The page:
Adding experiment code

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Once you've created your experiment in PostHog, the next step is to add your code:

Step 1: Fetch the feature flag

In your experiment, each user is randomly assigned to a variant (usually either 'control' or 'test'). To check which variant a user has been assigned to, fetch the experiment feature flag. You can then customize their experience based on the value in the feature flag:

// Ensure flags are loaded before usage.
// You only need to call this on the code the first time a user visits.
// See this doc for more details:
posthog.onFeatureFlags(function() {
// feature flags should be available at this point
if (posthog.getFeatureFlag('experiment-feature-flag-key') == 'variant-name') {
// do something
// Otherwise, you can just do:
if (posthog.getFeatureFlag('experiment-feature-flag-key') == 'variant-name') {
// do something
// You can also test your code by overriding the feature flag:
// e.g., posthog.featureFlags.override({'experiment-feature-flag-key': 'test'})

Since feature flags are not supported yet in our Java, Rust, and Elixir SDKs, to run an experiment using these SDKs see our docs on how to run experiments without feature flags. This also applies to running experiments using our API.

Step 2 (server-side only): Add the feature flag to your events

This step is not required for events that are submitted via our client-side SDKs (e.g., JavaScript web, iOS, Android, React, React Native).

For our backend SDKs, with the exception of the Go library, this step is not required if the server has local evaluation enabled and the flag in question has no property filters. In these cases, flag information is automatically appended to every event sent to PostHog.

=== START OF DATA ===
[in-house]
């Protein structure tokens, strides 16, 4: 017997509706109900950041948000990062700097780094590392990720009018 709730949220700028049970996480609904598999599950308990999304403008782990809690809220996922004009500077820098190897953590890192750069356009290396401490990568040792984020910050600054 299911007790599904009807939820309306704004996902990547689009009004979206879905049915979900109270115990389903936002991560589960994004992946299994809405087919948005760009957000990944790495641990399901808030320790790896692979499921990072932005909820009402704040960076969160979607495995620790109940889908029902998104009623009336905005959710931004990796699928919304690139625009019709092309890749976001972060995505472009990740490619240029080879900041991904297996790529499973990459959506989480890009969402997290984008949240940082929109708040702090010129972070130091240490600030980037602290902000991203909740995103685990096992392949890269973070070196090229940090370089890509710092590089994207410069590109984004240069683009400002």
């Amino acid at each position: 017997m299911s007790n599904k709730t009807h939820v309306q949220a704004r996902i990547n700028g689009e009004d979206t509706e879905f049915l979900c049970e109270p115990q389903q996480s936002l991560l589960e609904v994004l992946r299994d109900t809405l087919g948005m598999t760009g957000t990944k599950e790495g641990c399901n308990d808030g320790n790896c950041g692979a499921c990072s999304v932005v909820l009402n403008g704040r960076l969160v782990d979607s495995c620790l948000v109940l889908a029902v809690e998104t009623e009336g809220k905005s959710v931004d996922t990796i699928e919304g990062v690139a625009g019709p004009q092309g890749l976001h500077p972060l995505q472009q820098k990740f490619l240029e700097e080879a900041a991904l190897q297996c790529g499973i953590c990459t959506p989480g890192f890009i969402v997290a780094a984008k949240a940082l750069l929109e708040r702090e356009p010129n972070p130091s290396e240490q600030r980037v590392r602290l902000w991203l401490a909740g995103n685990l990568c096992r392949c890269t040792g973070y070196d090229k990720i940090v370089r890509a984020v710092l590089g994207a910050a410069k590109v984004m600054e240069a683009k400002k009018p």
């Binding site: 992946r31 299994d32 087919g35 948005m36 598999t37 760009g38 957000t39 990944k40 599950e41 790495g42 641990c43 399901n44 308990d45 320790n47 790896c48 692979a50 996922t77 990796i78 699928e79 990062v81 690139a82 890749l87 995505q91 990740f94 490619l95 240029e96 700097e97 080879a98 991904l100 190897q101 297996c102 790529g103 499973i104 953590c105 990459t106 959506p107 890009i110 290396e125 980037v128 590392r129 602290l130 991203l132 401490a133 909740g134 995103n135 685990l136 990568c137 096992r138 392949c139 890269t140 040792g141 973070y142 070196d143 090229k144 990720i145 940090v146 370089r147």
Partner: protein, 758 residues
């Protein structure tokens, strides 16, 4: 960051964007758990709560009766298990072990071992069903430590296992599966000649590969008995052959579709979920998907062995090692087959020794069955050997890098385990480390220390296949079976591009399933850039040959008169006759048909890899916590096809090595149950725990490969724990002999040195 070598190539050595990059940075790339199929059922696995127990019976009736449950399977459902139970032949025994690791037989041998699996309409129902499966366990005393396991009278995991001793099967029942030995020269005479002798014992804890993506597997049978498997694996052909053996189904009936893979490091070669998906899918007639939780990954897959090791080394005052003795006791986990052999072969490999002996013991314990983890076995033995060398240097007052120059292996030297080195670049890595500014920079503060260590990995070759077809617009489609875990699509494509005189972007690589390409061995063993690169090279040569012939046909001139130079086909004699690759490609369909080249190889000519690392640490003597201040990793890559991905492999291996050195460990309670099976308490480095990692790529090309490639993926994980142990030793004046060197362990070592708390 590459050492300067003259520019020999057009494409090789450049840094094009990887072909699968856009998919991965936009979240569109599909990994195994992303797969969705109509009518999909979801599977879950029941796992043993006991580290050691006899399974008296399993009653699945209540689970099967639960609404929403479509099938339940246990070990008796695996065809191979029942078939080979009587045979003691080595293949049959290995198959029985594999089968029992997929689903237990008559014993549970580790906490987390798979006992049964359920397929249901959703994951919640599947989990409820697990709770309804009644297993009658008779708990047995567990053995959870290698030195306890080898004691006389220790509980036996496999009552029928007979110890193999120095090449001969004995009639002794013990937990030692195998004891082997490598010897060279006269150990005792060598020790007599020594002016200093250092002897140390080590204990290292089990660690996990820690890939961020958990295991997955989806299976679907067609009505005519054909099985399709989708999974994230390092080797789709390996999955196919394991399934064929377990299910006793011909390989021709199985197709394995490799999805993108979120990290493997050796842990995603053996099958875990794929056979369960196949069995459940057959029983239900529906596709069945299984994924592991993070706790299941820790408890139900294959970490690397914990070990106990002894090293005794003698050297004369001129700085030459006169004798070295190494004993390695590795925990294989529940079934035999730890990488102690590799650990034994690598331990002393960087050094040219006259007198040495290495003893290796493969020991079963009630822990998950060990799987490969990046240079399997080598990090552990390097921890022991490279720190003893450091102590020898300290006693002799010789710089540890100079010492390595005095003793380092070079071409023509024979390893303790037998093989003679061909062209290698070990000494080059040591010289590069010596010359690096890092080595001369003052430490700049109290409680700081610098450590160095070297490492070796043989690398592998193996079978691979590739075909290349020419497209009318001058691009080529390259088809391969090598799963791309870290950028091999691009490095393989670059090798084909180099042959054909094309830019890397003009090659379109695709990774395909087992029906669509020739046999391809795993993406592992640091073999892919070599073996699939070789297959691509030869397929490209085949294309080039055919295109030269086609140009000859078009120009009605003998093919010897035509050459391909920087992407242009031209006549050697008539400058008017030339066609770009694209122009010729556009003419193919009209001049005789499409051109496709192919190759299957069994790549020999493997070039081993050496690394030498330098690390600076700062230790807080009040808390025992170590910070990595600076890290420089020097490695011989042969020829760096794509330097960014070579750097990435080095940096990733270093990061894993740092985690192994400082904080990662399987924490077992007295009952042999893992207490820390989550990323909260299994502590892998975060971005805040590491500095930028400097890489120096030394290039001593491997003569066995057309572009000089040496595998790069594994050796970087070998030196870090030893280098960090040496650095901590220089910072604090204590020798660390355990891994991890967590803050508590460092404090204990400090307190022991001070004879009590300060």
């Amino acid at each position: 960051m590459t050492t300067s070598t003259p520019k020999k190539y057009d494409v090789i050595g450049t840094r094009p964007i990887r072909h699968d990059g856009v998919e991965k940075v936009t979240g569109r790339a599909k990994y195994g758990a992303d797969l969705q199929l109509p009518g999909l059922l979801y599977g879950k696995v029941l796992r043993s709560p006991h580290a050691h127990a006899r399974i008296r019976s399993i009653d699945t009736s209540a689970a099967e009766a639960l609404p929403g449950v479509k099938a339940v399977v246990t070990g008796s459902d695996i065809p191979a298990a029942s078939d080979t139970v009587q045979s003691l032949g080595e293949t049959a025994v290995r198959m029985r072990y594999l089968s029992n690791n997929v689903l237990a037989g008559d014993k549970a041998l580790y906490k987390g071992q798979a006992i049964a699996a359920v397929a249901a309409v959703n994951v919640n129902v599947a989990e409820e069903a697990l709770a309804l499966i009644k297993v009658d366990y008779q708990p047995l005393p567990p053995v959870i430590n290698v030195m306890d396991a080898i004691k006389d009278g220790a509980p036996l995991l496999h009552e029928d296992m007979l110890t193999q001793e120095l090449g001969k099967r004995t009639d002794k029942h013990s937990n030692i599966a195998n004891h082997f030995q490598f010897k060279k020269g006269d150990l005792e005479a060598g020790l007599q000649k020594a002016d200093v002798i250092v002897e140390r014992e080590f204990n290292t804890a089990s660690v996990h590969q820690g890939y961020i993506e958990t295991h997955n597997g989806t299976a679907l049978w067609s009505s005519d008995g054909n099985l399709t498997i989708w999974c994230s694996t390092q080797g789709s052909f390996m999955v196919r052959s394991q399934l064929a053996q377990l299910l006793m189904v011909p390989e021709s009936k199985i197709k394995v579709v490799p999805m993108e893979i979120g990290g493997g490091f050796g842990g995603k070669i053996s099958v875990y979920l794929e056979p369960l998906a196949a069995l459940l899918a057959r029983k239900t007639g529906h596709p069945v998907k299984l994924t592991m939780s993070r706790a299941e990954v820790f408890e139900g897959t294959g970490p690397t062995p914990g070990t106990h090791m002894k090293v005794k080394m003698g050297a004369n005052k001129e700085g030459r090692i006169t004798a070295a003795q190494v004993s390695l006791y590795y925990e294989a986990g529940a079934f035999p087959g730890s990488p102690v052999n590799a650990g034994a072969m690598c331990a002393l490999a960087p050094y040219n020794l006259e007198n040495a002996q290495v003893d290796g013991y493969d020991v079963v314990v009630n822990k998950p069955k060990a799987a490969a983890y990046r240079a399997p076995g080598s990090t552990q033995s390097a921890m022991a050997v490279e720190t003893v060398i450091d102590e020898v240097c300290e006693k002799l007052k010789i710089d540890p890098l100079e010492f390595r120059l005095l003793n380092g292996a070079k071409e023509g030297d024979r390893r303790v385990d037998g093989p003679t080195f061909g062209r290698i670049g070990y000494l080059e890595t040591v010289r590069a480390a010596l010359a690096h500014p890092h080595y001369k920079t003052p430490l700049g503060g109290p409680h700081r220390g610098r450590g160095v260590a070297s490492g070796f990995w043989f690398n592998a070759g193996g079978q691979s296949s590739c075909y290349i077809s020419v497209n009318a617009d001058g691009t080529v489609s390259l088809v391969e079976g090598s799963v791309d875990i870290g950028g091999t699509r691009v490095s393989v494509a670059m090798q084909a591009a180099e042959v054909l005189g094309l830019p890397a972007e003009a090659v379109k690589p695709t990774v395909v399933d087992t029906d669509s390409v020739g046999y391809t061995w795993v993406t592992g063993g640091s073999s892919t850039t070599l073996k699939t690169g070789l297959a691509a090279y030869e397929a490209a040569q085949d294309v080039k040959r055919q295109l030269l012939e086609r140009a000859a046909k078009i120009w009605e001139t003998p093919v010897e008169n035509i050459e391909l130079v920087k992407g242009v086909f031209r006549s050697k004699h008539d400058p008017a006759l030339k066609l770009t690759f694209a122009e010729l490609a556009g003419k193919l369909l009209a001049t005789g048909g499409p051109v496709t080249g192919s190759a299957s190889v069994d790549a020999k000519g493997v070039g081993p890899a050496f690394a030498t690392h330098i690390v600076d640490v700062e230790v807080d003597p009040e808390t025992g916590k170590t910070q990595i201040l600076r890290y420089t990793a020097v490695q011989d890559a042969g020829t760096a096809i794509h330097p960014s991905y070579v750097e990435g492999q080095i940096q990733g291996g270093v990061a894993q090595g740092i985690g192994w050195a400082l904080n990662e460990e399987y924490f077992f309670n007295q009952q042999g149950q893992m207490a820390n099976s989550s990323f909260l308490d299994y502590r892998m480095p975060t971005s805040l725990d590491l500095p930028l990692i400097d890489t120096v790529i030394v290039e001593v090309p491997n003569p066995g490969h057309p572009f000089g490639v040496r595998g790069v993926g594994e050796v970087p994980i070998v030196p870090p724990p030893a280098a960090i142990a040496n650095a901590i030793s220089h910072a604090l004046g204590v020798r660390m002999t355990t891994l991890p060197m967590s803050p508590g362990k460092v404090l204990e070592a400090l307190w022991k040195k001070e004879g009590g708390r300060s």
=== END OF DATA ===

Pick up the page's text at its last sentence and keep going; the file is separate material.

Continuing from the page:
For any server-side events that are also goal metrics for your experiment, you need to include feature flag information when capturing those events. This ensures that the event is attributed to the correct experiment variant (e.g., test or control).

There are two methods to do this:

Include the property $feature/experiment_feature_flag_name: variant_name when capturing events:

distinctId: 'distinct_id',
event: 'event_name_of_your_goal_metric',
properties: {
'$feature/experiment-feature-flag-key': 'variant-name'

Method 2: Set send_feature_flags to true

The capture() method has an optional argument sendFeatureFlags, which is set to false by default. By setting this to true, feature flag information will automatically be sent with the event.

Note that by doing this, PostHog will make an additional request to fetch feature flag information before capturing the event. So this method is only recommended if you don't mind the extra API call and delay.

distinctId: 'distinct_id_of_your_user',
event: 'event_name',
sendFeatureFlags: true,


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Testing and launching an experiment

Once you've written your code, it's a good idea to test that each variant behaves as you'd expect. If you find out your implementation had a bug after you've launched the experiment, you lose days of effort as the experiment results can no longer be trusted. The best way to do this is adding an optional override to your release conditions . For example, you can create an override to assign a user to the 'test' variant if their email is your own (or someone in your team). To do this: Go to…

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